At the inaugural Tour des Chutes 15 years ago, Gary Bonacker found himself embracing a Madras man wearing denim overalls and standing next to a bike that had until that day been stored away in the dusty corner of a barn. The man had just shared the story that had brought him to ride seven miles on a hot, mid-July day. His friend had recently died of prostate cancer, and when he’d heard about a new bike event in Bend he’d dusted off the long unused bike. “He needed to honor his friend in this ride.”
Gary founded Tour des Chutes in 2004 following his own cancer diagnosis, and planned the first ride in 2005. Recounting stories like this one stir something deep in his heart, and it is the sense of community and togetherness that mean so much to him leading up to the 15th annual event.
“I’m fortunate to be where I’m at.”
Two things in particular stand out to Gary when asked how it feels to have reached this milestone with the event. “15 years is a long time – a lot of events haven’t lasted that long. And our community is so giving, from the volunteers to the riders, the sponsors – it blows my mind! I flash back to 2005, and I think, ‘we made $37K.’ We’ve exceeded that by so much. I’m proud to be a part of that.”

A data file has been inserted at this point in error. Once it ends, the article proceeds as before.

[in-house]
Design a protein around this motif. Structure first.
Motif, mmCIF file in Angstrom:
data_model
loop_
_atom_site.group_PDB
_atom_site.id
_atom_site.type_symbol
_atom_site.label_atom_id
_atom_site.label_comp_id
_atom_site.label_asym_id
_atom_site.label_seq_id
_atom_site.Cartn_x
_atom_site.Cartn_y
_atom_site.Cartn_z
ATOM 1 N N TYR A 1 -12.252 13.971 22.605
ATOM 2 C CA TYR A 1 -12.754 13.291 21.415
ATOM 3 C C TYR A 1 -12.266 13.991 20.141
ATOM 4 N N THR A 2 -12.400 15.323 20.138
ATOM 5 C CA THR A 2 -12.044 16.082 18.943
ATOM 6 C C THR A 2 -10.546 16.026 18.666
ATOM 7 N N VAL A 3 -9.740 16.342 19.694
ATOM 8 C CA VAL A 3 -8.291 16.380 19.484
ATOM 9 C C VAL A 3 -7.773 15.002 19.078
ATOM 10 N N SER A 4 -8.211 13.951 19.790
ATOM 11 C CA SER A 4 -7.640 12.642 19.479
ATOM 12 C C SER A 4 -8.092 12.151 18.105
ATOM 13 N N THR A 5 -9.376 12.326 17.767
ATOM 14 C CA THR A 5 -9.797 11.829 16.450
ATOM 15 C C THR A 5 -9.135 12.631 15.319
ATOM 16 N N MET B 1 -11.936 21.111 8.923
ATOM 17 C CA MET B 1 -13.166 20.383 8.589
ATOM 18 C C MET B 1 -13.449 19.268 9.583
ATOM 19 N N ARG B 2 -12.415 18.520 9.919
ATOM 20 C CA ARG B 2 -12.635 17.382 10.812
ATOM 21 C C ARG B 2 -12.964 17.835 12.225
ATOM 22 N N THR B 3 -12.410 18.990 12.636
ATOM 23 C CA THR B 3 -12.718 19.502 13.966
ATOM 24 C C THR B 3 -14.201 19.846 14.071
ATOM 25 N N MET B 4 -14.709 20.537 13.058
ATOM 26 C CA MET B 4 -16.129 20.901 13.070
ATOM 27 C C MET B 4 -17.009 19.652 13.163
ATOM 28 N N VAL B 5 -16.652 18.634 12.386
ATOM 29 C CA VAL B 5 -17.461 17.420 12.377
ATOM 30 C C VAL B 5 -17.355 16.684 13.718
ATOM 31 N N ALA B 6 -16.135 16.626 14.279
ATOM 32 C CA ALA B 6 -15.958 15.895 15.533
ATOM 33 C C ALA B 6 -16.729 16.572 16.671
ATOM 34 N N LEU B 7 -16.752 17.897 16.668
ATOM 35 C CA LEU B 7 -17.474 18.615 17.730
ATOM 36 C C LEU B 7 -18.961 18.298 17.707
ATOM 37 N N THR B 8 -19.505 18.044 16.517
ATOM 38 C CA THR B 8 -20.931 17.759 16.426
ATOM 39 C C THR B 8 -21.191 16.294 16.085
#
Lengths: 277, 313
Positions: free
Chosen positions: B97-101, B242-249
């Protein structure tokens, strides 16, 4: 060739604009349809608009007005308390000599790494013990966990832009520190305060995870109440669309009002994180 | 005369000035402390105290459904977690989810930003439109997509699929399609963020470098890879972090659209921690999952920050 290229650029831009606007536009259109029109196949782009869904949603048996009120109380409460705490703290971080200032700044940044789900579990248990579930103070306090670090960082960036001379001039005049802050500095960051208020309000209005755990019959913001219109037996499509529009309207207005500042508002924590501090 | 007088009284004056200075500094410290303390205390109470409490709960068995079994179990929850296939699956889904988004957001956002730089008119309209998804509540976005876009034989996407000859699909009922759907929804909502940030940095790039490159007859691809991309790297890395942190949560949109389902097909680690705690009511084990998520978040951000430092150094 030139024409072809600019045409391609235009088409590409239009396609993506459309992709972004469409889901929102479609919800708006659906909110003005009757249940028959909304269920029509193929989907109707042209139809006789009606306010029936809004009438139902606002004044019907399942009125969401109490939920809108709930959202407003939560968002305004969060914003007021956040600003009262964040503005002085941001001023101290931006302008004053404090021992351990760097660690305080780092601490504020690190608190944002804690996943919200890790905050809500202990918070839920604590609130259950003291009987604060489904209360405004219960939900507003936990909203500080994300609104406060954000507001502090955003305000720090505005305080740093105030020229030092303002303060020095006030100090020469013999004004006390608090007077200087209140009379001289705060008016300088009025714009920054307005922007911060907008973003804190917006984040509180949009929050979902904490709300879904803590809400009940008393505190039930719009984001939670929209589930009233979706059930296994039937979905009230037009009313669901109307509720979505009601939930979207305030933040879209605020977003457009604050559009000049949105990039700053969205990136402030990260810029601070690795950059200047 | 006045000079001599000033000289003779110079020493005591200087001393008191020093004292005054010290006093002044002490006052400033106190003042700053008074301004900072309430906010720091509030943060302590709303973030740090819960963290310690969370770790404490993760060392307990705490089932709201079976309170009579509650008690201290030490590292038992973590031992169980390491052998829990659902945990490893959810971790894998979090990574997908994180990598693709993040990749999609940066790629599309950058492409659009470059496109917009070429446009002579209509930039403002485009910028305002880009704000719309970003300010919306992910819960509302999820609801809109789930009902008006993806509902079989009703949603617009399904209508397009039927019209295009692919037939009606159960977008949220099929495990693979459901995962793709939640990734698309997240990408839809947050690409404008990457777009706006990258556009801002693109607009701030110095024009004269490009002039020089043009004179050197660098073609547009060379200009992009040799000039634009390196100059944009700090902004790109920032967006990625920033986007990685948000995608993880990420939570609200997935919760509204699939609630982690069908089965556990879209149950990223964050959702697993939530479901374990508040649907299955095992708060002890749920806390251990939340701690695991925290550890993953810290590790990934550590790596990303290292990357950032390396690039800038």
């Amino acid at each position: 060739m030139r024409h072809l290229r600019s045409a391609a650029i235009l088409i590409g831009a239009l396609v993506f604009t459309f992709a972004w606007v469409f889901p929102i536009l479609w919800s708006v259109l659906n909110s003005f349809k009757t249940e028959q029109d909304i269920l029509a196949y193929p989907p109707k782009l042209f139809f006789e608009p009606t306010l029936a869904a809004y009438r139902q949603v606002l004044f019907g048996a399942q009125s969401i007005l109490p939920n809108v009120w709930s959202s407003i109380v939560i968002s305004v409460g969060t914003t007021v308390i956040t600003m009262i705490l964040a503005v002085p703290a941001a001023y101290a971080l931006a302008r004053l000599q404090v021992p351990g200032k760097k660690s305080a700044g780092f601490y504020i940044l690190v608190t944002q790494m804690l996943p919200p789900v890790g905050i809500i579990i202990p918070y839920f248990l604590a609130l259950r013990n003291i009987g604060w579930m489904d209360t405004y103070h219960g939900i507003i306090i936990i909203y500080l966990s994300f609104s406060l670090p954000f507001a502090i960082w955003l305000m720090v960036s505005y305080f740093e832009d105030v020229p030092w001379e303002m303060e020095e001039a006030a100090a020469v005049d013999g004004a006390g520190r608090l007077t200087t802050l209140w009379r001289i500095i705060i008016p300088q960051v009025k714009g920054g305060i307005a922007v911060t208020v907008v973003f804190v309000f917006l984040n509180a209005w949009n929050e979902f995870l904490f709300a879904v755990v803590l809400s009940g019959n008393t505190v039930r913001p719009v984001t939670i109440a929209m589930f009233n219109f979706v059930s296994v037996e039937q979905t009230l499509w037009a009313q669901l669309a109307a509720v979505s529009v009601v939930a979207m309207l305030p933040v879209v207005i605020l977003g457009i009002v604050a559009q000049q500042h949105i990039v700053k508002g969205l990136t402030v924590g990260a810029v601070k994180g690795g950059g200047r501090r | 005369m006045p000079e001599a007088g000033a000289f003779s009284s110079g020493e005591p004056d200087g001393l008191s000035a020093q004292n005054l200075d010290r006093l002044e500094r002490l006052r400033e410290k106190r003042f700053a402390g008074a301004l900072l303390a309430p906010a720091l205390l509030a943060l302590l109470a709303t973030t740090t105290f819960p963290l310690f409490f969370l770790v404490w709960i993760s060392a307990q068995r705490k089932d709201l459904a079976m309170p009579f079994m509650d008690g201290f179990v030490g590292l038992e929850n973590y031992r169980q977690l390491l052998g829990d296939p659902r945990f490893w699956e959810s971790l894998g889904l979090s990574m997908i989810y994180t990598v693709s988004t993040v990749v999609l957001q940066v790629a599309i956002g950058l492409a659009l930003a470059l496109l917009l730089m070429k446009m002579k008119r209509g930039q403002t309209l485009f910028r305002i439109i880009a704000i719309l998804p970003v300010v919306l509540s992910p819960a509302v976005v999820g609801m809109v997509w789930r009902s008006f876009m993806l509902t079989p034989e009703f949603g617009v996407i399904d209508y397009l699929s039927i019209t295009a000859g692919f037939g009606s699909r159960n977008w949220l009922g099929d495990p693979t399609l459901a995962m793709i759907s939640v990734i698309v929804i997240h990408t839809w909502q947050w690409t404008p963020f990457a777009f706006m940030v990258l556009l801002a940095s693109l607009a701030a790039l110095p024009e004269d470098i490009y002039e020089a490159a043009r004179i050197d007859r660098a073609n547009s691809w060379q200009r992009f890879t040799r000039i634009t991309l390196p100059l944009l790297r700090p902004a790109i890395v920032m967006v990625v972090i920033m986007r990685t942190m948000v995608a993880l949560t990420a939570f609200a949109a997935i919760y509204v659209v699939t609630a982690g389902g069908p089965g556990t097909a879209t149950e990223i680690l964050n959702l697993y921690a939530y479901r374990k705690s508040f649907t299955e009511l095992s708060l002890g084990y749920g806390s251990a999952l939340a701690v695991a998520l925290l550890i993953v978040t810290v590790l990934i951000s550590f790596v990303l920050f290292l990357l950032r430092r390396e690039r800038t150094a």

Since his initial diagnosis in 2004, Gary has surpassed the timeline given him by doctors by eight years. He attributes this in large part to not just his treatment, but also his friends and family, and the great community that surrounds him.
“Living with cancer is better than dying from cancer.”
Last year Gary got on his bike at Tour des Chutes for the first time in 10 years. He rode the 25 mile route, and said he felt more connected to the other participants under the tent than he had in years. One of the most meaningful aspects of the event to him is the yellow rose that survivors collect when they complete their ride. “The yellow rose – you know what, I have or had cancer. This rose reminds me of what I did, and what I accomplished. I cried when I rode, how amazing this was for me and how it moved me.”
Gary plans to ride the 25 mile route again in 2019. And when he does, he’ll remember his journey, and how he got here. He’ll think of his friend Johanna Olsen, for whom the 5K honors, who used to schedule her chemotherapy appointments at the same time as him so that they could be together. He will feel grateful for all the sponsors, volunteers and donors, who despite a plethora of options for their time and resources choose to support our friends and neighbors with cancer in Central Oregon.